Look, up there in the sky. It’s not a bird. It’s not an airplane. It’s a gondola towering over the road to Little Cottonwood Canyon. Utah Department of Transportation (UDOT) announced its long-awaited traffic mitigation decision regarding the future of the famous powder road, SR-210 to Alta and Snowbird. The gondola. Skier traffic problems have become increasingly acute in recent winters, and a contentious debate surrounding potential solutions is ongoing. In the end, the $550 million gondola proposal won out over alternative bus transit solutions.
The gondola will depart from La Caille station at the base of Little Cottonwood Canyon (LCC) with stops at Snowbird and Alta. The eight-mile gondola ride will be the longest in the world, taking skiers and snowboarders from across the valley straight to The Greatest Snow On Earth™. It sounds peachy, but the ethics and effectiveness aren’t as clear cut as they seem, and the 45-day public comment period following UDOT’s decision is about to get spicy.
Let’s start with the obvious ethical dilemma here: taxpayer funds being used to build and operate a gondola that will primarily benefit two private entities, Snowbird and Alta. The gondola is not a feasible public transportation solution for anyone looking to access LCC public lands from any trailhead other than those adjacent to the resort bases. This is going to make a lot of people gross, especially if they are forced to pay a toll to fund the project. That sentiment had been echoed by prominent gondola opponents, including Salt Lake County Mayor Jenny Wilson and Sandy Mayor Monica Zoltanski.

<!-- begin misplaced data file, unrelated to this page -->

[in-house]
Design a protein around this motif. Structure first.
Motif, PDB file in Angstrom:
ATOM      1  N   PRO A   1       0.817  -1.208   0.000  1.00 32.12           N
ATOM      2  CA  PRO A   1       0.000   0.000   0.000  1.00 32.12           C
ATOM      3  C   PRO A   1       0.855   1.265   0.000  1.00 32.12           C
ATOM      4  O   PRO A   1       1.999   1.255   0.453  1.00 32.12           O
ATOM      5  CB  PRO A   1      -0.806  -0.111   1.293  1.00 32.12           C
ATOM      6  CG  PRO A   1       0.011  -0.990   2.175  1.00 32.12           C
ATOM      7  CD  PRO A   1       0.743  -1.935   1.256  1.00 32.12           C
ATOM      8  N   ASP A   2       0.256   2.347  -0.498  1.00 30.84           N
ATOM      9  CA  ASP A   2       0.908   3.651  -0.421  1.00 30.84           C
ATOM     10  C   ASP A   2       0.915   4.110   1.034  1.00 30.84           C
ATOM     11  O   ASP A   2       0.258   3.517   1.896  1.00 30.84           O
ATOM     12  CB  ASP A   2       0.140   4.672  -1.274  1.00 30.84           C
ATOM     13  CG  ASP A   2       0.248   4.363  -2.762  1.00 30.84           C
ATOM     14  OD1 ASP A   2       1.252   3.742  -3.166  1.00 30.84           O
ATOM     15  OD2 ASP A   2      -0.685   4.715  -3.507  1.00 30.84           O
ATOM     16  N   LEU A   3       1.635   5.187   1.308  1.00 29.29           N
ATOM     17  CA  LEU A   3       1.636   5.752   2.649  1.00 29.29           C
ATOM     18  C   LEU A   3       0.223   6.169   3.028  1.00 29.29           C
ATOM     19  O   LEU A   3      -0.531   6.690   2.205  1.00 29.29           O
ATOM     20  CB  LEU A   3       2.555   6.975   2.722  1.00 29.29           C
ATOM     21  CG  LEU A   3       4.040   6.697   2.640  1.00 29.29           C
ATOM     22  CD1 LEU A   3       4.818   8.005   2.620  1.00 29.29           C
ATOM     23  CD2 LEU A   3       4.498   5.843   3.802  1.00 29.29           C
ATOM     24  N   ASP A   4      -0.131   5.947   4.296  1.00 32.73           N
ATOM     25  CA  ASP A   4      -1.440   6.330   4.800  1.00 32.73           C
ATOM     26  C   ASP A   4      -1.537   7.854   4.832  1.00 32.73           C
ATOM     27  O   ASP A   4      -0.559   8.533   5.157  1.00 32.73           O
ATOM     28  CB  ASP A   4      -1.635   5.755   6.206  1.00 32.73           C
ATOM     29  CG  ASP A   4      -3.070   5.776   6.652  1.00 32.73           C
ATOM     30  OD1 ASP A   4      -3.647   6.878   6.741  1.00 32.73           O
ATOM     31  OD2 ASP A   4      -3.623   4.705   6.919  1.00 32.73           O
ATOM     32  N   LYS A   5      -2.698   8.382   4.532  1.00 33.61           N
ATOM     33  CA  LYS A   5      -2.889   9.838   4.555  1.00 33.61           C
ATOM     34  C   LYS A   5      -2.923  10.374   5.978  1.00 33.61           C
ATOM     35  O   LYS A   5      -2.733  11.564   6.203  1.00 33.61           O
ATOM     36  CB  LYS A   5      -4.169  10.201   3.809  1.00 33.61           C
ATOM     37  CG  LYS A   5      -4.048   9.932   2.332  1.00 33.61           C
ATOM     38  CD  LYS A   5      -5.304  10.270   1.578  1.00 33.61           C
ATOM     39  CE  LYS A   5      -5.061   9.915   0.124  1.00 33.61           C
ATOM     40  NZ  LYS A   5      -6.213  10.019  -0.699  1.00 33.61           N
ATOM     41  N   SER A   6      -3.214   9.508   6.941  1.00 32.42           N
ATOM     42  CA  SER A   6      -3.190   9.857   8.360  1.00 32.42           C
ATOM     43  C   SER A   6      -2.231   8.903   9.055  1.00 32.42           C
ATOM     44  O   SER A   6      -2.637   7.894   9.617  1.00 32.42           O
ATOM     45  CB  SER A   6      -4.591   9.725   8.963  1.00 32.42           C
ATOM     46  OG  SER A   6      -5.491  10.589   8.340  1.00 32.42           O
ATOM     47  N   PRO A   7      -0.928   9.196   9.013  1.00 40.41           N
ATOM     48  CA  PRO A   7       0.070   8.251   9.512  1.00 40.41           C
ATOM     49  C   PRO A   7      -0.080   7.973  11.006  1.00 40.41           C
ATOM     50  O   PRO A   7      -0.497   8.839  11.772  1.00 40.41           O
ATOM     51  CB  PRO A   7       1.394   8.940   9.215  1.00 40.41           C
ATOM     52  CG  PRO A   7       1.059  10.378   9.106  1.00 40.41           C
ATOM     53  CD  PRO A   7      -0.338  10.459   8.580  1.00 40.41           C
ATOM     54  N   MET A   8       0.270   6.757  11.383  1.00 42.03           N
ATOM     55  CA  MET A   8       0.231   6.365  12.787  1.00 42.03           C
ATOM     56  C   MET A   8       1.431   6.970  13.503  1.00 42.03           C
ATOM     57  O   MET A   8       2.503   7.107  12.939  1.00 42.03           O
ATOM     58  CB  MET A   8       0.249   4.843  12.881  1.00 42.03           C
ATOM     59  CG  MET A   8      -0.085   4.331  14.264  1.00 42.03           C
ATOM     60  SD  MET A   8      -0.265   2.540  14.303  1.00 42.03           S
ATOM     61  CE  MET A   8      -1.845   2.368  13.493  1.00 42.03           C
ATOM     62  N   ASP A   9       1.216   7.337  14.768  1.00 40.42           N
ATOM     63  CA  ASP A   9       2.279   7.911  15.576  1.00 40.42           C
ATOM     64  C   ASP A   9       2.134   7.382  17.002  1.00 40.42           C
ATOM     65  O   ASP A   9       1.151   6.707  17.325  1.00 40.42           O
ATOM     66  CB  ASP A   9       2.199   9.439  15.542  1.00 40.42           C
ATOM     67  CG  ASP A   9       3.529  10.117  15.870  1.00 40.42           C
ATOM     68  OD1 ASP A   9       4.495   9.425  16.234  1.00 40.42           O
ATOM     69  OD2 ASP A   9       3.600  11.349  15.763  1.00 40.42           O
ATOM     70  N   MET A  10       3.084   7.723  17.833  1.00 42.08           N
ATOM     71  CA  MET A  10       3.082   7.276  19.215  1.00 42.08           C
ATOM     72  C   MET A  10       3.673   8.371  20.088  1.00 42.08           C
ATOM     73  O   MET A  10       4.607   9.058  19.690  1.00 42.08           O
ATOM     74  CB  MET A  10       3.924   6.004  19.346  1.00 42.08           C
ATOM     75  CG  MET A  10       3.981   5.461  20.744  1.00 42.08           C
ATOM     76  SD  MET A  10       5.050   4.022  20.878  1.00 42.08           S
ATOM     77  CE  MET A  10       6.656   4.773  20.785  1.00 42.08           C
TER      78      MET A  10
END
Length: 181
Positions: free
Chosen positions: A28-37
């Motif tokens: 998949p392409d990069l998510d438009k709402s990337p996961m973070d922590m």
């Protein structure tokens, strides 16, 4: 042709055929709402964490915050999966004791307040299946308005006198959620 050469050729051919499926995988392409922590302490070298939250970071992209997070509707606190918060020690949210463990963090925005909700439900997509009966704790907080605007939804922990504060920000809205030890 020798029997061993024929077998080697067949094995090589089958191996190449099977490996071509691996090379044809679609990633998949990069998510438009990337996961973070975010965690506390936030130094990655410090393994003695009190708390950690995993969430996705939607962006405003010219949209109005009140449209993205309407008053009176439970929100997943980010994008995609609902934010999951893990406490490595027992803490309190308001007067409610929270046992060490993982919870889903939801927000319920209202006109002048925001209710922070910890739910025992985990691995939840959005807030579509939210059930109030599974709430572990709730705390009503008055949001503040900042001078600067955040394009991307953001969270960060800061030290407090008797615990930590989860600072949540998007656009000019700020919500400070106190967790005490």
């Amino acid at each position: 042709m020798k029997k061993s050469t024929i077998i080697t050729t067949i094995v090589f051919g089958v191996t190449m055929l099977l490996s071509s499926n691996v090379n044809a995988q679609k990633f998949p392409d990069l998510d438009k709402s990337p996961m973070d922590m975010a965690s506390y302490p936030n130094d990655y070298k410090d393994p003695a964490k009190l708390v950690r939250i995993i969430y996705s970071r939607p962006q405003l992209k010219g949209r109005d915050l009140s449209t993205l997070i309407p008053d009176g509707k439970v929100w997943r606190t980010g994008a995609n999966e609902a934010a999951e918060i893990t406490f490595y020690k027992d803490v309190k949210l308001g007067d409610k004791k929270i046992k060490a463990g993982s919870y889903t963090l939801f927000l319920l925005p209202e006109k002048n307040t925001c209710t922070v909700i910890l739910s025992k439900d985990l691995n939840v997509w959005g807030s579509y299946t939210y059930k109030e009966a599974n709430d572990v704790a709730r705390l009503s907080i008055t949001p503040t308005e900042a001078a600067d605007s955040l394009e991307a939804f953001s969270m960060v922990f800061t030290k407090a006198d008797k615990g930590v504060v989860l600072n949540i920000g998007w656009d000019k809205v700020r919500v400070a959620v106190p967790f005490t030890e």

Other concerns surround whether the gondola will eventually alleviate traffic effectively. Gondola drivers should always head to the base of the LCC where congestion, especially when coupled with that of nearby Big Cottonwood Canyon, can already slow drivers to a stop. A mass transit solution with hubs throughout the Salt Lake Valley would have done much more to reduce traffic volume in neighborhoods near the base of the canyons. Also, it has not yet been demonstrated that there will be enough parking spaces for the number of skiers and snowboarders vying to ride the gondola in the first place.
UDOT will now conduct a 45-day public comment period, until October 17 before finalizing its decision this winter. At this point, the ultimate fate of the project will rest with the Utah Legislature, which will need to approve funding for the project. Exactly where they will raise the more than half a billion dollars for the projects remains to be seen, but substantial public funding is all but assured. In the meantime, UDOT will undertake efforts to support the gondola and alleviate traffic, including building mobility hubs, improving bus service, and constructing snow shelters.
Despite the environmental and ethical concerns, in the end it always seemed like it would be the gondola. Carl Fisher of Save Our Canyons suggested as much when we previously reported on the matter, saying last fall: “The bus alternative as proposed seems to be just there to create interference and pave the way for gondola. The gondola proposals have been very popular politically, and this influences how UDOT approaches the issue. Looks like he was right.